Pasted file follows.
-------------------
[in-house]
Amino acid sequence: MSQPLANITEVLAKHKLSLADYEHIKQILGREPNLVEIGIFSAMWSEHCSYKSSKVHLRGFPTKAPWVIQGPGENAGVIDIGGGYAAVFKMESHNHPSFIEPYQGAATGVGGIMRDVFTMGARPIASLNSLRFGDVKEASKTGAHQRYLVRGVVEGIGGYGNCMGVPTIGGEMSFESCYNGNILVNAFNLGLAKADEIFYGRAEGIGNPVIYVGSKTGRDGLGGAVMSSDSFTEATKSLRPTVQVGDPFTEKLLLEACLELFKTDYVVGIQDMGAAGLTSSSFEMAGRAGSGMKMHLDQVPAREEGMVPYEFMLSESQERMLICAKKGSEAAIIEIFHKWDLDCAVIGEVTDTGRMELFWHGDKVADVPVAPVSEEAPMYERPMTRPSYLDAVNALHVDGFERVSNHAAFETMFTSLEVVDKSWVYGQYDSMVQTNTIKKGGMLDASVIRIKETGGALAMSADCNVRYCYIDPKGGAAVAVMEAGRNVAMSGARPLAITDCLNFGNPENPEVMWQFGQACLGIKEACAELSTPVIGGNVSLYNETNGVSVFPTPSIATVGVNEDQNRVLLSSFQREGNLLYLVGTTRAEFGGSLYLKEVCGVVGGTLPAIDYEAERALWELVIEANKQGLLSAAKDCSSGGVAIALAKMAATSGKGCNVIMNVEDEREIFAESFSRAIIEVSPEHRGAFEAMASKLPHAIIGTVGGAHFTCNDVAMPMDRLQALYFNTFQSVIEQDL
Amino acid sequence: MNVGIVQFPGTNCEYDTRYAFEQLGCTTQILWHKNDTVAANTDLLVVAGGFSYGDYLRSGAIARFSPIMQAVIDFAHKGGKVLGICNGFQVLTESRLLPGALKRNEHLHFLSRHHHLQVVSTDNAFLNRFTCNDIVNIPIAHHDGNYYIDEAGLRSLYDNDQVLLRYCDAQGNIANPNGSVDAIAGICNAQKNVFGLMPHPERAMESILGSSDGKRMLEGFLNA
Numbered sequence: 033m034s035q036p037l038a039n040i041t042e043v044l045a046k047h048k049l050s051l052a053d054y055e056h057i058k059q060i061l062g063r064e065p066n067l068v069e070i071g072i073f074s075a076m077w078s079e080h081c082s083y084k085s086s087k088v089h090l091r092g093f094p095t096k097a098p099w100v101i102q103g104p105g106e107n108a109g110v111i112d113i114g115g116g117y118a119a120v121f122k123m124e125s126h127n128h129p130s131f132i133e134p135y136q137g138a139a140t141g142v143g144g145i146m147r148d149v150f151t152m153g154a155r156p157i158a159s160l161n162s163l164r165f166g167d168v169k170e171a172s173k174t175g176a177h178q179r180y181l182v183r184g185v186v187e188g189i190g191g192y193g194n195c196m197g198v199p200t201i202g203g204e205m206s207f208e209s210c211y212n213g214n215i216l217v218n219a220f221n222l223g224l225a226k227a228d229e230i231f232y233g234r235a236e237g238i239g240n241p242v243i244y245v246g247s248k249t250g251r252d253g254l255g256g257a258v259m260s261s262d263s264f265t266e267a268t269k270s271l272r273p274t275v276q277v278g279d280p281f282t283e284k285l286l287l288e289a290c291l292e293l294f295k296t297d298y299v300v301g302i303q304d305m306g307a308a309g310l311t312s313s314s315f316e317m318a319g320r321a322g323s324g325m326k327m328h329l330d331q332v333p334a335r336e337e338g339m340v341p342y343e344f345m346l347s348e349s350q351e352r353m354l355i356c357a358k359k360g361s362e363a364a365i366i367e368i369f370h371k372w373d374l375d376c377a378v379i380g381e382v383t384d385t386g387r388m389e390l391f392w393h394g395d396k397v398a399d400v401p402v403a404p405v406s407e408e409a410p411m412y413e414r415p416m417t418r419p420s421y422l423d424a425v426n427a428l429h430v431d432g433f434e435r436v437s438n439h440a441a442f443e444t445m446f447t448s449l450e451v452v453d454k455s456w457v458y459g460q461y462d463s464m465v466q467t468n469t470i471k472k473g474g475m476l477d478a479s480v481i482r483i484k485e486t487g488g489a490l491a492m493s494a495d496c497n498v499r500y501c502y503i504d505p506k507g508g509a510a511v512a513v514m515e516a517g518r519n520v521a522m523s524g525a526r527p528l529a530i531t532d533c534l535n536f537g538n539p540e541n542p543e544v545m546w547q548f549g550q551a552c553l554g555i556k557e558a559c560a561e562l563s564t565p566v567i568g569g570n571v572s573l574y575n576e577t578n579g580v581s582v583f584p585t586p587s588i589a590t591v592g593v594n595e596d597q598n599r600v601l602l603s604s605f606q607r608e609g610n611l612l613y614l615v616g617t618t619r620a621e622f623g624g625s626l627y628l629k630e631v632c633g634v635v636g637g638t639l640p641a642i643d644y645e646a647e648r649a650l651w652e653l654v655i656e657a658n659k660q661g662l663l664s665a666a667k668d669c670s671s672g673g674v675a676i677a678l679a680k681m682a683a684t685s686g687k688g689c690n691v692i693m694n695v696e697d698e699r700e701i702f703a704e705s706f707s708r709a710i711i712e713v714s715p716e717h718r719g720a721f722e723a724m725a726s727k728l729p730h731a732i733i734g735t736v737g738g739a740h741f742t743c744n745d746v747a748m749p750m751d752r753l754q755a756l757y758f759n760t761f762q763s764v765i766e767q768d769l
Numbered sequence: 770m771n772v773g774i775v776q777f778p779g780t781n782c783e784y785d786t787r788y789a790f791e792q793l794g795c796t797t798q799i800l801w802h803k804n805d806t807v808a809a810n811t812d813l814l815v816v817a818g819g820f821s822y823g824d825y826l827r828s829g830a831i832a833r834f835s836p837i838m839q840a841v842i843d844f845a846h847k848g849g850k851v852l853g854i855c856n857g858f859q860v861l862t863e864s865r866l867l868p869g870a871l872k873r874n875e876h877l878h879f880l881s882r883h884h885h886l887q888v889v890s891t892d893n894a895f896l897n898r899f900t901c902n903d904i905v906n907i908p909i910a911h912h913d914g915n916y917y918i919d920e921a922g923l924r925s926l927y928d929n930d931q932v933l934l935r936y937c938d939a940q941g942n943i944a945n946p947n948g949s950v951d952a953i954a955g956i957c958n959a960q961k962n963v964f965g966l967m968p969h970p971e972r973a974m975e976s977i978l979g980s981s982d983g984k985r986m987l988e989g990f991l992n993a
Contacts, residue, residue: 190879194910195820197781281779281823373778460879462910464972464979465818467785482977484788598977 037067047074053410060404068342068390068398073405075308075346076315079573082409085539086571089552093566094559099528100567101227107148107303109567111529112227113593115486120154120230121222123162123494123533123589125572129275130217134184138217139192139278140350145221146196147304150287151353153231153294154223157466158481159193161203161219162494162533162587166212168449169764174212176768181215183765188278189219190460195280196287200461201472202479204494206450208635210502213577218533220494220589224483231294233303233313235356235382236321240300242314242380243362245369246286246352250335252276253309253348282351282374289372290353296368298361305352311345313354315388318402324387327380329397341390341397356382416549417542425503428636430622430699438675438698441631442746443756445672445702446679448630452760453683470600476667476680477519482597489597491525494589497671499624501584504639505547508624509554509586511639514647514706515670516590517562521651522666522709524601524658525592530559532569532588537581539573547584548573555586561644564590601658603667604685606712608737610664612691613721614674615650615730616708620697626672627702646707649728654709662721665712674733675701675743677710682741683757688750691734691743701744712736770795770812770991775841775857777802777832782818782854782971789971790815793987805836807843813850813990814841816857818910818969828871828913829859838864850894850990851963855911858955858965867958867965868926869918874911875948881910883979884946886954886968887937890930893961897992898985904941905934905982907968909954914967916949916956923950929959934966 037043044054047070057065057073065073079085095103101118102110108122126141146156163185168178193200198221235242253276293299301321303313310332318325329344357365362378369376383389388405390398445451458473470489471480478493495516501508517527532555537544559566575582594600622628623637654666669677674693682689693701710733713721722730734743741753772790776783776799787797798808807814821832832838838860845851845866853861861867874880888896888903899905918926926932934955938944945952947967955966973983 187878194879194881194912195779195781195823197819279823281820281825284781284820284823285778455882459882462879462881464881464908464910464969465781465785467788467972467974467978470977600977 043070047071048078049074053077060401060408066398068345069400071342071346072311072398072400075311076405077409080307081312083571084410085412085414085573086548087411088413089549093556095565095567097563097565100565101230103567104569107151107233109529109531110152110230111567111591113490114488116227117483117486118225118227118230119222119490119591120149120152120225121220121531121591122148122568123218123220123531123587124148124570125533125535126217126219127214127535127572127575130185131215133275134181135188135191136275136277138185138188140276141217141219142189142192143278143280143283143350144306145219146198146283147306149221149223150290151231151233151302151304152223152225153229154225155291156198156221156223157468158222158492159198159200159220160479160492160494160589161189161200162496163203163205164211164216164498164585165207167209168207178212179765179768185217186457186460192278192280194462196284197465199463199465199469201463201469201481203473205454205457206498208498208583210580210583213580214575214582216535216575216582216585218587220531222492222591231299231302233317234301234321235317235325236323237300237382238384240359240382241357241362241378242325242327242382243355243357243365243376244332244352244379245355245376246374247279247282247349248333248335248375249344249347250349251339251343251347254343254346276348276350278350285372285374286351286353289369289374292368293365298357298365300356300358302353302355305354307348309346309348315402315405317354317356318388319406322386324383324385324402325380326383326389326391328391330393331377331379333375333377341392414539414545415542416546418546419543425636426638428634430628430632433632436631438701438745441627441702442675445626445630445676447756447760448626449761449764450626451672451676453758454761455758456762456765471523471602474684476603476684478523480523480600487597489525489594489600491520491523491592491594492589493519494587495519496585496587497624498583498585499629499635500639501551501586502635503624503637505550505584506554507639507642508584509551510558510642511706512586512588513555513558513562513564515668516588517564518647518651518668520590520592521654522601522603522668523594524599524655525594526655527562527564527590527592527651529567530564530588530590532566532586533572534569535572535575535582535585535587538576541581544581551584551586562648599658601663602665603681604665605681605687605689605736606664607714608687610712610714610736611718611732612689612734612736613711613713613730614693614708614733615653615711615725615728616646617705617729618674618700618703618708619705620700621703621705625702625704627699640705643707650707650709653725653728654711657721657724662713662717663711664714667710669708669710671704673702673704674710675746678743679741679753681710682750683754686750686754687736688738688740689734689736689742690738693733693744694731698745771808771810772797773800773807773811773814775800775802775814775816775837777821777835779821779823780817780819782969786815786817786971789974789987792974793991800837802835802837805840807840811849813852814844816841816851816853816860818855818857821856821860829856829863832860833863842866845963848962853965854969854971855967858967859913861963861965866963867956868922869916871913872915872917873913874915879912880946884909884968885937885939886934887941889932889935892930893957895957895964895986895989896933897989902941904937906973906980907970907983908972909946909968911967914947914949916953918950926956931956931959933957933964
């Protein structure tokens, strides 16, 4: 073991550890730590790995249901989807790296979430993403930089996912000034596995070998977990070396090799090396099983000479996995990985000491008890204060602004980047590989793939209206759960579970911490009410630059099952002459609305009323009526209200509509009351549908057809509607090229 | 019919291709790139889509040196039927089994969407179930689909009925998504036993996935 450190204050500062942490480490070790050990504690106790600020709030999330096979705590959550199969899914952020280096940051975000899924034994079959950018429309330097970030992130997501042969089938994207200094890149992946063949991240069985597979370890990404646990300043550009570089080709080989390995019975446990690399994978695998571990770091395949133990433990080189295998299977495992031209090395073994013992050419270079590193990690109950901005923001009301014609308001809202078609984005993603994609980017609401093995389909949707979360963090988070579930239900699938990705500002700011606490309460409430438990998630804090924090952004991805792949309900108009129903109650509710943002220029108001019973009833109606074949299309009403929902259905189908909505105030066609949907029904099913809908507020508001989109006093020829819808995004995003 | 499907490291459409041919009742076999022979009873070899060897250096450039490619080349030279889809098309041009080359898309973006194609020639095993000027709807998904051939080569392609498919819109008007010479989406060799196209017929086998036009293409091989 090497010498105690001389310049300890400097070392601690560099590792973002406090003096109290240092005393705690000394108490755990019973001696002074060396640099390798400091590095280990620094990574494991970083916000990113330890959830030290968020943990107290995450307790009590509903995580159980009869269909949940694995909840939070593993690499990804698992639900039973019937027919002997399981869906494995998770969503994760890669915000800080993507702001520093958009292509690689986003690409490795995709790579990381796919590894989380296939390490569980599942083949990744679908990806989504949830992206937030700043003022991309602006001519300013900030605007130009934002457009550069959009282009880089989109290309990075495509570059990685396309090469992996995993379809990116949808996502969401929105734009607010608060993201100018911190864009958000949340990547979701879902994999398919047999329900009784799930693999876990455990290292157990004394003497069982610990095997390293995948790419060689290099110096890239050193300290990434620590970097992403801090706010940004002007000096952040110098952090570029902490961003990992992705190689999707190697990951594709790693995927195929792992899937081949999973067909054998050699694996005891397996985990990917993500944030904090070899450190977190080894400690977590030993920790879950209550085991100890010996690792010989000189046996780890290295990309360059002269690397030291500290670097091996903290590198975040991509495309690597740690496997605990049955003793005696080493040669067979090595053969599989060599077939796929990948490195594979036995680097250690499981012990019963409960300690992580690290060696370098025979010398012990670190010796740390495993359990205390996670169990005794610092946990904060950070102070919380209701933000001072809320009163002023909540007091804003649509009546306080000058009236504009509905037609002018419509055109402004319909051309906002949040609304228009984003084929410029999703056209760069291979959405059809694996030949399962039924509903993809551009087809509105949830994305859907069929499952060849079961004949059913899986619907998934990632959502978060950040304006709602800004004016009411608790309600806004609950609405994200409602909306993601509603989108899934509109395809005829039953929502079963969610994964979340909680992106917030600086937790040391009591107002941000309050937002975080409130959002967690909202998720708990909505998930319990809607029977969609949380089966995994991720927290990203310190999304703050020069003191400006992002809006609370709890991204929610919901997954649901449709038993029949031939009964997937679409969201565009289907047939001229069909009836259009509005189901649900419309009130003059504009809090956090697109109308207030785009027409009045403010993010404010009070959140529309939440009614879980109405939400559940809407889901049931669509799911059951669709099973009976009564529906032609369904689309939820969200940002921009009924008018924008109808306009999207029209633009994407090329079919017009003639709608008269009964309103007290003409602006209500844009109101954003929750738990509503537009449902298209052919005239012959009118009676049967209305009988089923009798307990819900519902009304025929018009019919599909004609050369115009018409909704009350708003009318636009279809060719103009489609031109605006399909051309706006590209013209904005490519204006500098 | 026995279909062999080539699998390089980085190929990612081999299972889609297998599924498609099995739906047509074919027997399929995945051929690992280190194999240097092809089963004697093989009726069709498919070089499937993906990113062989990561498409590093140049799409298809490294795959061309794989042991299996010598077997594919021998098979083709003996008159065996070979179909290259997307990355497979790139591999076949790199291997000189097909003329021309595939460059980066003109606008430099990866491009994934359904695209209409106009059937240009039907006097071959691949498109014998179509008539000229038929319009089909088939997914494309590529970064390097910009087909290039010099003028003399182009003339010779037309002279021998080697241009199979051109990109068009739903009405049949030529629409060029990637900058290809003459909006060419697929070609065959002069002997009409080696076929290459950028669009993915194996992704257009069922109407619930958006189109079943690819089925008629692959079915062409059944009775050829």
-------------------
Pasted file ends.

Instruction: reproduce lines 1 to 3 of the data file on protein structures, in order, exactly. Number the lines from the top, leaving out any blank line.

[in-house]
Amino acid sequence: MSQPLANITEVLAKHKLSLADYEHIKQILGREPNLVEIGIFSAMWSEHCSYKSSKVHLRGFPTKAPWVIQGPGENAGVIDIGGGYAAVFKMESHNHPSFIEPYQGAATGVGGIMRDVFTMGARPIASLNSLRFGDVKEASKTGAHQRYLVRGVVEGIGGYGNCMGVPTIGGEMSFESCYNGNILVNAFNLGLAKADEIFYGRAEGIGNPVIYVGSKTGRDGLGGAVMSSDSFTEATKSLRPTVQVGDPFTEKLLLEACLELFKTDYVVGIQDMGAAGLTSSSFEMAGRAGSGMKMHLDQVPAREEGMVPYEFMLSESQERMLICAKKGSEAAIIEIFHKWDLDCAVIGEVTDTGRMELFWHGDKVADVPVAPVSEEAPMYERPMTRPSYLDAVNALHVDGFERVSNHAAFETMFTSLEVVDKSWVYGQYDSMVQTNTIKKGGMLDASVIRIKETGGALAMSADCNVRYCYIDPKGGAAVAVMEAGRNVAMSGARPLAITDCLNFGNPENPEVMWQFGQACLGIKEACAELSTPVIGGNVSLYNETNGVSVFPTPSIATVGVNEDQNRVLLSSFQREGNLLYLVGTTRAEFGGSLYLKEVCGVVGGTLPAIDYEAERALWELVIEANKQGLLSAAKDCSSGGVAIALAKMAATSGKGCNVIMNVEDEREIFAESFSRAIIEVSPEHRGAFEAMASKLPHAIIGTVGGAHFTCNDVAMPMDRLQALYFNTFQSVIEQDL
Amino acid sequence: MNVGIVQFPGTNCEYDTRYAFEQLGCTTQILWHKNDTVAANTDLLVVAGGFSYGDYLRSGAIARFSPIMQAVIDFAHKGGKVLGICNGFQVLTESRLLPGALKRNEHLHFLSRHHHLQVVSTDNAFLNRFTCNDIVNIPIAHHDGNYYIDEAGLRSLYDNDQVLLRYCDAQGNIANPNGSVDAIAGICNAQKNVFGLMPHPERAMESILGSSDGKRMLEGFLNA